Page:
Christie’s may still have to pay for a combined $23m worth of art that was damaged when Superstorm Sandy flooded its Brooklyn warehouse in 2012. Two decisions, one by the New York appellate court in March, and one by the lower court in February, are keeping all four existing cases against Christie’s Fine Art Storage Services (CFASS) alive. The lawsuits accuse CFASS of gross negligence in failing to protect the art.
Three lawsuits were brought by insurance companies to recover the money they had paid to those whose works of art had been damaged. StarNet Insurance is seeking more than $10m for damage to art by Leroy Neiman, owned by the artist’s foundation, estate and corporation; Axa Art Insurance wants $1.5m for damage to the collection owned by the Jacqueline Piatigorsky Revocable Trust; and XL Insurance is seeking $700,000 that it paid to the gallery Chowaiki & Co for its losses. In the fourth lawsuit, the dealer Boyd Sullivan is seeking more than $11m for damage to his art.
The central issue for the courts was whether CFASS could absolve itself from all liability, or could limit its liability to a set amount. In separate decisions in the three cases involving the insurance companies, the lower court initially ruled in favour of CFASS based on the terms of the storage contract. XL Insurance appealed that decision.
The lower court considered two provisions in that contract. The first stipulated that CFASS would not be liable for any damage. The court said that that provision was invalid as it would have permitted CFASS to circumvent any liability for its own negligence, which is not allowed under New York law. CFASS’s warehouse was in a flood zone and XL Insurance alleged that the storage firm received ample warning of Sandy’s approach and was grossly negligent in failing to take basic precautions, such as moving the works from the ground floor. The appellate court judged that the lower court’s ruling on that provision was correct.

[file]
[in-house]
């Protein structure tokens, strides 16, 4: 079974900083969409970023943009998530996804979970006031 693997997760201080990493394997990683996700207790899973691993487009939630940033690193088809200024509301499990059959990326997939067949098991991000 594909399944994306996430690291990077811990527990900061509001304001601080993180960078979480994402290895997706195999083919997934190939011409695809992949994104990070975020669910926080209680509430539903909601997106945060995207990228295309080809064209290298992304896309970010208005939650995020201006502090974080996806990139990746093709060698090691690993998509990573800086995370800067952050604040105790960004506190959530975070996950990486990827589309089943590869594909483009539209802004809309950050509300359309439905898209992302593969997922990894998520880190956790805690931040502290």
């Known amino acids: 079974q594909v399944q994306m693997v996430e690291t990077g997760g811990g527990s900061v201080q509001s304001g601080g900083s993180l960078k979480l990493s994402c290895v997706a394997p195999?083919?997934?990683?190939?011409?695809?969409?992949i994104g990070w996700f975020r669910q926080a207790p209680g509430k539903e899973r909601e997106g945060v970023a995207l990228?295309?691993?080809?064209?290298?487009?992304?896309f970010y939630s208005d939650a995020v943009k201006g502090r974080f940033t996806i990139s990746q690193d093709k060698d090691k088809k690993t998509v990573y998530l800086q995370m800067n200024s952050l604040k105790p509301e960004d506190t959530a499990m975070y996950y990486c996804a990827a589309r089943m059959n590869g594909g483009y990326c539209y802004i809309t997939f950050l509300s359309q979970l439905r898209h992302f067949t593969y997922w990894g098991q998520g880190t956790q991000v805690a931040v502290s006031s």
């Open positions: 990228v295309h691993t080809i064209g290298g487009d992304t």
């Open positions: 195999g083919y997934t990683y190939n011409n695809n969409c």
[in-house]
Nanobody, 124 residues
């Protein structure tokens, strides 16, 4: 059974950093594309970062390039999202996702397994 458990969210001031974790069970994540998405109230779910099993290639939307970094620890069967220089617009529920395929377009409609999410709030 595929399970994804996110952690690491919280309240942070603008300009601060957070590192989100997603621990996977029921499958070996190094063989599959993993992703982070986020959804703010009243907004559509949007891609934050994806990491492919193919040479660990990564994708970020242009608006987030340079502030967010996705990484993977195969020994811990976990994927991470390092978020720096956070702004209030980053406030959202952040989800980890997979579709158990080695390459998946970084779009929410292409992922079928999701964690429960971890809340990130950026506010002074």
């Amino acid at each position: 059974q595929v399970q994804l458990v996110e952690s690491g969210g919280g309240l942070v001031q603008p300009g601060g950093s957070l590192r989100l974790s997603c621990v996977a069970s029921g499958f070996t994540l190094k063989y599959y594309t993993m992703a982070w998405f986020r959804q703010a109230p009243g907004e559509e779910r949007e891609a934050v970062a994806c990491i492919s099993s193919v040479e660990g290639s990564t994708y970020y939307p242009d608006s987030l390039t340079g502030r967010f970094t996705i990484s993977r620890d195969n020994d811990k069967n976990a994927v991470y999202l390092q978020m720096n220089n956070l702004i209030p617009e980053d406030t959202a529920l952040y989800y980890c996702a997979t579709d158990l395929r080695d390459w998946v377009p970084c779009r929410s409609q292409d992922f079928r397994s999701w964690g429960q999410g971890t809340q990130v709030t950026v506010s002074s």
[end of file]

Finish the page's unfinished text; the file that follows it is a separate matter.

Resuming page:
When an insurer pays a customer’s claim, it can normally seek compensation from whomever was responsible for the damage. But CFASS’s contract contained a second provision that required Chowaiki & Co to waive XL Insurance’s right to do that. The lower court initially upheld that provision and ruled that XL could not sue CFASS, but the appellate court subsequently ruled this part of the contract invalid, as it was nothing more than another attempt by CFASS to circumvent New York law and exempt itself from liability. The case is now back in the lower court.
This ruling has now revived StarNet and Axa’s lawsuits against CFASS, which were initially dismissed for the same reasons.
In the fourth lawsuit, Boyd Sullivan is seeking more than $11m for damage to three works by the Peruvian painter Alberto Vargas. Sullivan’s contract did not exempt CFASS from all liability, but limited it to $300,000 compensation for damage to all of Sullivan’s art. The lower court said this provision is invalid because, although a warehouse is allowed to limit its liability, it must stipulate a value for each individual work or a value per unit of weight, rather than just an overall sum.
However, the insurance companies are not out of the woods yet. CFASS will appeal both decisions, says its lawyer William Bennett.